Downhill History

We're in a dry, dusty desert. Sure, it gets sort of cold, and it might even snow a little, but it's not like we're bringing out parkas. There's Mount Lemmon, but, really, Tucsonans don't know cold (unless you're a transplant, then maybe).

It's nice not to need to bundle up in December—and there's none of that annoying snow-shoveling. However, a little seasonal escape can be fun—and a special film viewing will offer Tucsonans a taste of winter.

Warren Miller's Dynasty is a skiing action film, and the movie marks the 60th anniversary of Miller's films. Warren Miller combined a love of skiing and cinematography to build a ski-movie empire, and every fall, a new film tours the United States. The films are set up in segments and always showcase new skiing destinations, adventures and themes.

Dynasty combines images from the last six decades and an impressive soundtrack (think Incubus, Passion Pit, Cream and Deep Purple) with scenery and camera work that will not only make you forget you're in a dry, dusty desert, but make you wonder: How the hell was that shot, and why the hell would anyone want to do that?

The camera crew—all well-versed in skiing—and the athletes travel to Lake Tahoe, British Columbia and even China. Chris Anthony, a 20-year veteran with Warren Miller films, went on what he describes as the farthest journey any Warren Miller crew has ever ventured on.

Anthony, a Colorado native and nationally ranked skier, heard that there may be 3,000-year-old rock drawings depicting skiing that could perhaps help pinpoint the sport's origins—in a remote area of northwestern China.

"We went to seek it out," says Anthony. "This was more about the journey, the below-freezing temperatures and the fact that we came across this ancient community of skiers."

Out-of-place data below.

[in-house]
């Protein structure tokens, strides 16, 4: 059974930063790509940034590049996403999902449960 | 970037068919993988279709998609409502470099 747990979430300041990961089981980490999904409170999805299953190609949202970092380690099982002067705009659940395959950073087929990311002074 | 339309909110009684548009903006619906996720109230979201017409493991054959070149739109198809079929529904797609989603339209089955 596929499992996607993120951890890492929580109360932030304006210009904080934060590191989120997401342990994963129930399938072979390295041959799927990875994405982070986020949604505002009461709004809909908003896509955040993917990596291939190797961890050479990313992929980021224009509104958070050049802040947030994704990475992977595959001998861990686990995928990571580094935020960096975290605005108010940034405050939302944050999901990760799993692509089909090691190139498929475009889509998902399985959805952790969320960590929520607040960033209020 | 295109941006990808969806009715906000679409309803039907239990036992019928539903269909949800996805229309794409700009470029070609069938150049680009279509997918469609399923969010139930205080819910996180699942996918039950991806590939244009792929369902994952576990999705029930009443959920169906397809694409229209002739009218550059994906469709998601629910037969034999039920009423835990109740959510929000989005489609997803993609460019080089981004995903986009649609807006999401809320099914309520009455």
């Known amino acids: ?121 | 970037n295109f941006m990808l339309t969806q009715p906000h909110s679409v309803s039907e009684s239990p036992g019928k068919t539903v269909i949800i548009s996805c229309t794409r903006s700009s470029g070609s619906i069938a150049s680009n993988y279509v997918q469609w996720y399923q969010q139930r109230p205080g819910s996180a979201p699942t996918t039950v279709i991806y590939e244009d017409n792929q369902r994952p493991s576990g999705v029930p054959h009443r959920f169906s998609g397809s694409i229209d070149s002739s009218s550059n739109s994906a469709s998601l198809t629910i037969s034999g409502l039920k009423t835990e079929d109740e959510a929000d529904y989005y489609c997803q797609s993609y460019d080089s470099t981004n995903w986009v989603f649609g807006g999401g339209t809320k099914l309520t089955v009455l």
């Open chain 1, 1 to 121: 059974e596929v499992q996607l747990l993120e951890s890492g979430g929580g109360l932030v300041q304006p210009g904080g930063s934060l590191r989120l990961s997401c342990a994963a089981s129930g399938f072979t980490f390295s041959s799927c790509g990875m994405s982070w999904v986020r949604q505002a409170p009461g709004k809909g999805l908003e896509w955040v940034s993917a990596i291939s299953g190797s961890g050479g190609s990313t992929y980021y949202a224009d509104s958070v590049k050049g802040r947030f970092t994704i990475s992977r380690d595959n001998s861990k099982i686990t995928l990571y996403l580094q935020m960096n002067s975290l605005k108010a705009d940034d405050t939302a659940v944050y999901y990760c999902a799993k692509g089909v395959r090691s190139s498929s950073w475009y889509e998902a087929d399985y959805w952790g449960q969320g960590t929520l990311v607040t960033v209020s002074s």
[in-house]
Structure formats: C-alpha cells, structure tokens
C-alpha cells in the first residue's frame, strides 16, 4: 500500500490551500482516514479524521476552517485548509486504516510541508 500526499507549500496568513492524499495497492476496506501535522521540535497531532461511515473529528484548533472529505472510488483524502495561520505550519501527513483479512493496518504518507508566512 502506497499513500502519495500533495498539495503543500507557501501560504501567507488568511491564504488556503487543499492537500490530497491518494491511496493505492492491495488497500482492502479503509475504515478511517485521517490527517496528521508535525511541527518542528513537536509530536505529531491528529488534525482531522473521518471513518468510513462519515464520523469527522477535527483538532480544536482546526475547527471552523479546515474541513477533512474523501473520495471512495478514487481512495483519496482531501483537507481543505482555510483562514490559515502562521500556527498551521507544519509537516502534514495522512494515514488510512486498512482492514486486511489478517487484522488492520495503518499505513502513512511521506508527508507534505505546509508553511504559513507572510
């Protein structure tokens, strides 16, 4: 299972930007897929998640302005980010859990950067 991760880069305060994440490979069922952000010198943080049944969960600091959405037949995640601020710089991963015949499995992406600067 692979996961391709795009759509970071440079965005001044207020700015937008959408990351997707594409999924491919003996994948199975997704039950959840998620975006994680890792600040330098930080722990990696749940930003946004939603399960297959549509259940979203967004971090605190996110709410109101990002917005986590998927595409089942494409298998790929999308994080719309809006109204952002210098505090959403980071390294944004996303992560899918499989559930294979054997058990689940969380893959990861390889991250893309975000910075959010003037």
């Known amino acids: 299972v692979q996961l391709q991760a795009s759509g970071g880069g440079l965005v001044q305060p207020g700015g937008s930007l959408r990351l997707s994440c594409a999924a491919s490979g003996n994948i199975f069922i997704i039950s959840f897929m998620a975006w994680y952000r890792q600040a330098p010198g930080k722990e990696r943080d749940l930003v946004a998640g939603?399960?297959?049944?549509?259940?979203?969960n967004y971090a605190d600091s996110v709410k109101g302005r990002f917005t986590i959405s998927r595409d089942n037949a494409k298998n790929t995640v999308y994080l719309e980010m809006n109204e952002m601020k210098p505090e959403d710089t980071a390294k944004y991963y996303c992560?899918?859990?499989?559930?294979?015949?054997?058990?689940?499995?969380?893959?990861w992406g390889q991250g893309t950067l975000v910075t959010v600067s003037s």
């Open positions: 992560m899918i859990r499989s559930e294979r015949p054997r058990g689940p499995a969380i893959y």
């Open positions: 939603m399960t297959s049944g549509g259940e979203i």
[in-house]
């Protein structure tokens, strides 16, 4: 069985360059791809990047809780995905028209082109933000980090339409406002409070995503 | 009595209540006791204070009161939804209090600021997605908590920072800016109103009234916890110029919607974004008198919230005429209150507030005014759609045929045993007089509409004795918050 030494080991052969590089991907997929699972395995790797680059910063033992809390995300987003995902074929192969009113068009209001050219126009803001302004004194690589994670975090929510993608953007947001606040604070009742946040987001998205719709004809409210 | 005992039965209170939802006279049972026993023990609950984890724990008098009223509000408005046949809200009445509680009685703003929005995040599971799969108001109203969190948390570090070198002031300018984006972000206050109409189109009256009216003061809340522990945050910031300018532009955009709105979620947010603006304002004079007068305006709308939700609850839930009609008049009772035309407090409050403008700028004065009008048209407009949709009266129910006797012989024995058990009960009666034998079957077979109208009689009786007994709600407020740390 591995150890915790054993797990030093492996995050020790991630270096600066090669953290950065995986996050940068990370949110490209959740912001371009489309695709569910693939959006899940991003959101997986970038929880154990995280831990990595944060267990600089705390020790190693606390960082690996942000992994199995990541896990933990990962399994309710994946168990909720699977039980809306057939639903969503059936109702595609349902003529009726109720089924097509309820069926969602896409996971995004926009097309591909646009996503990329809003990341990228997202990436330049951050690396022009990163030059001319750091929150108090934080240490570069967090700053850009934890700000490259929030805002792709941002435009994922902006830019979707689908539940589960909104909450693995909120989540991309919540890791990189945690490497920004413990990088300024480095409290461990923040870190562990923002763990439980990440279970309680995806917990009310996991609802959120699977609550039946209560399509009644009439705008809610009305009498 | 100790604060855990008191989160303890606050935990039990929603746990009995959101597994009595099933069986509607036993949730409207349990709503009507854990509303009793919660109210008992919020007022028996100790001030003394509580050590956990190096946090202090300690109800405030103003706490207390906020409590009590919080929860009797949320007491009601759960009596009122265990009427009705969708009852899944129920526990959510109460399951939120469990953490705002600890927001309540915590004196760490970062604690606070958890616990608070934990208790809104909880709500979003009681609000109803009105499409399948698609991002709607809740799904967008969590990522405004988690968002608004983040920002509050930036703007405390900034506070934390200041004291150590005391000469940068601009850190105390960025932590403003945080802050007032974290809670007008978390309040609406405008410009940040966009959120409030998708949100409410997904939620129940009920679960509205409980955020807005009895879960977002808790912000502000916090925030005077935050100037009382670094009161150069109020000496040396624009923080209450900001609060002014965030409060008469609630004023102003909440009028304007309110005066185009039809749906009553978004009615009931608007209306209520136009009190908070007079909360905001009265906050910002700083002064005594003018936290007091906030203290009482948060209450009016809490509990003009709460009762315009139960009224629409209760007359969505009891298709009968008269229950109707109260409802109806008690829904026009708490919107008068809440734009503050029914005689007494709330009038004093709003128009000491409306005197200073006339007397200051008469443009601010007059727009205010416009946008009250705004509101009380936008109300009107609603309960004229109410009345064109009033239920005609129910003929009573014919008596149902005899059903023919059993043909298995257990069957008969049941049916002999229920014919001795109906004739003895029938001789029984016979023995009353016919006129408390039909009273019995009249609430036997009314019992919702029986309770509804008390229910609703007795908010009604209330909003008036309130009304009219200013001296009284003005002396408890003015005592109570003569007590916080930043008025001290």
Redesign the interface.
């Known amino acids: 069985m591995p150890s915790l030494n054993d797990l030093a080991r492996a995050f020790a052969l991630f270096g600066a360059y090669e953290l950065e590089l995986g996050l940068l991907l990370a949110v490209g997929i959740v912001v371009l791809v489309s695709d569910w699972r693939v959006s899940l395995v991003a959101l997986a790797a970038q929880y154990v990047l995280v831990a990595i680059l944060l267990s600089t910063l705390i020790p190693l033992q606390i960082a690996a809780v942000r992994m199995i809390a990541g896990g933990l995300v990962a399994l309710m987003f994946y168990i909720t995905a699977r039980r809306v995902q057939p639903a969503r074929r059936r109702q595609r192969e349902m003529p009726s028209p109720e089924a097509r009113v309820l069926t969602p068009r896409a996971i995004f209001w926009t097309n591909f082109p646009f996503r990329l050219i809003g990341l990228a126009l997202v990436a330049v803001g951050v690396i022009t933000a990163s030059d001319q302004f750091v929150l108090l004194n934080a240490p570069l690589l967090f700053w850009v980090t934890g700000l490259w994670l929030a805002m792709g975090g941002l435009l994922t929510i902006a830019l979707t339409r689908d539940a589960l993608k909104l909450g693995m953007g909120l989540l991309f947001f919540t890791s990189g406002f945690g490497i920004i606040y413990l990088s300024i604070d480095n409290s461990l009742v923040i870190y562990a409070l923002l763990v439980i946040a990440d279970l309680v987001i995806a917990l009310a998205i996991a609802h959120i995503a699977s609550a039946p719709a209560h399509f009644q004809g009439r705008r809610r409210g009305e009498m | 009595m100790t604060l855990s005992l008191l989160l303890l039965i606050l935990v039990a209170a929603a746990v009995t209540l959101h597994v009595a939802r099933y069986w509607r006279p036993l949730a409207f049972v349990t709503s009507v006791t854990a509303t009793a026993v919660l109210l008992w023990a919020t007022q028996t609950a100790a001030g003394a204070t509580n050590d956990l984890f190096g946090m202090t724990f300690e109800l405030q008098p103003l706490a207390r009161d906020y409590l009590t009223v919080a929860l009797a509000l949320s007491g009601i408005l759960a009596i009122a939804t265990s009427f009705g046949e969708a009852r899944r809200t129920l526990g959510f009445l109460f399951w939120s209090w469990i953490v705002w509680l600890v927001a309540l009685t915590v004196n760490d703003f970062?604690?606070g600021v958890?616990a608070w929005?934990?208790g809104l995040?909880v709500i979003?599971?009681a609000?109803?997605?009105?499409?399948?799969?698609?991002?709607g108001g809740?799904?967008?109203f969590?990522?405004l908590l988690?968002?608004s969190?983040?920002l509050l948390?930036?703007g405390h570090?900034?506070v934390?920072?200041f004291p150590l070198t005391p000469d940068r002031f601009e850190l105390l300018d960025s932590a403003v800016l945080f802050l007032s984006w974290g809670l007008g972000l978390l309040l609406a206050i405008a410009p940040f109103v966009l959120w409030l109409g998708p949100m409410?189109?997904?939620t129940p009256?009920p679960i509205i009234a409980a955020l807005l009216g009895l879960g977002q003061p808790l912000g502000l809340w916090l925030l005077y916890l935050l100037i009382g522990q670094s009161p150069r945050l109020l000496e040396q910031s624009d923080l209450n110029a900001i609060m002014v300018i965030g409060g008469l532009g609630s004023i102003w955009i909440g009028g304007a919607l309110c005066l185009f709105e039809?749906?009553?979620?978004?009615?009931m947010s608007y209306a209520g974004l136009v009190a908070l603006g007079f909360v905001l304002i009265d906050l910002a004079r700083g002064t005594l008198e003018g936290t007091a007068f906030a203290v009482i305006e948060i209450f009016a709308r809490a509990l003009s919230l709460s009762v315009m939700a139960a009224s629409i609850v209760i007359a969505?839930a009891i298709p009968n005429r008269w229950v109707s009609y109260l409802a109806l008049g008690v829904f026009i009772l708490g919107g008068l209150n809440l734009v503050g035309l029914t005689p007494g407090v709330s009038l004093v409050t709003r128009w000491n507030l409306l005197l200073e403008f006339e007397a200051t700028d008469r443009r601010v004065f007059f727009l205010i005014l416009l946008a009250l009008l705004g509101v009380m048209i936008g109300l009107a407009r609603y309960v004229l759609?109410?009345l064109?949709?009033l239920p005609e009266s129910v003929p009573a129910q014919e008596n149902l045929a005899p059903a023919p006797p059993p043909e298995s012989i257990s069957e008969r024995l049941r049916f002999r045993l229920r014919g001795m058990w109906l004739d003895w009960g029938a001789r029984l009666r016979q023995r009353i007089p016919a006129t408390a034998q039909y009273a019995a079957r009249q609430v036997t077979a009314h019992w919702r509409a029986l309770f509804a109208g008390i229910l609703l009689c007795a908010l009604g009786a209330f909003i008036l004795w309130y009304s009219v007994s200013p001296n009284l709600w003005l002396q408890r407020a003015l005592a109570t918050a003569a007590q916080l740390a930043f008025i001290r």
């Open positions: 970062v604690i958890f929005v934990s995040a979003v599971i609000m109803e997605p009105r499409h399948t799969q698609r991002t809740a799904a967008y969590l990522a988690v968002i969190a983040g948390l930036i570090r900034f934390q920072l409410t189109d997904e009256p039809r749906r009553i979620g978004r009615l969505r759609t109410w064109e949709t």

In the Altai Mountains near Mongolia, Anthony and a crew traveled for five days, at one point in a horse-drawn sled. "This was like a Lewis and Clark expedition," he says.

Local guides helped with the journey, and the ancient ski drawings were, in fact, real. Anthony and the crew also had the chance to ski with people in the area who continue to build skis from wood, leather and horsehair.

"It was like a step back in time, and seeing where we (skiing) came from," he says about his segment, which is the final one in Dynasty.

"My parents would take me to the films every year," Anthony says. "I competed in skiing growing up, and that's how Warren Miller found me. I've been to Afghanistan, Iran, Japan, New Zealand and Ecuador. It's been pretty amazing."

The films have a cult-like following. People often come dressed up in ski gear; Anthony says it's a Rocky Horror-type of devotion.

Viewers might want to wear a jacket while watching people plow down snow-covered mountains; the high-definition almost shows the cold. Some of the segments are shot from helicopters; others are shot from a skier's perspective. People featured include a 10-year-old girl who can out-ski us all, and disabled athletes who use a mono-ski to race down the slopes.

"It's an event, a culture, it's a really cool thing to be a part of," says Anthony.

Comments (0)

Add a comment

Add a Comment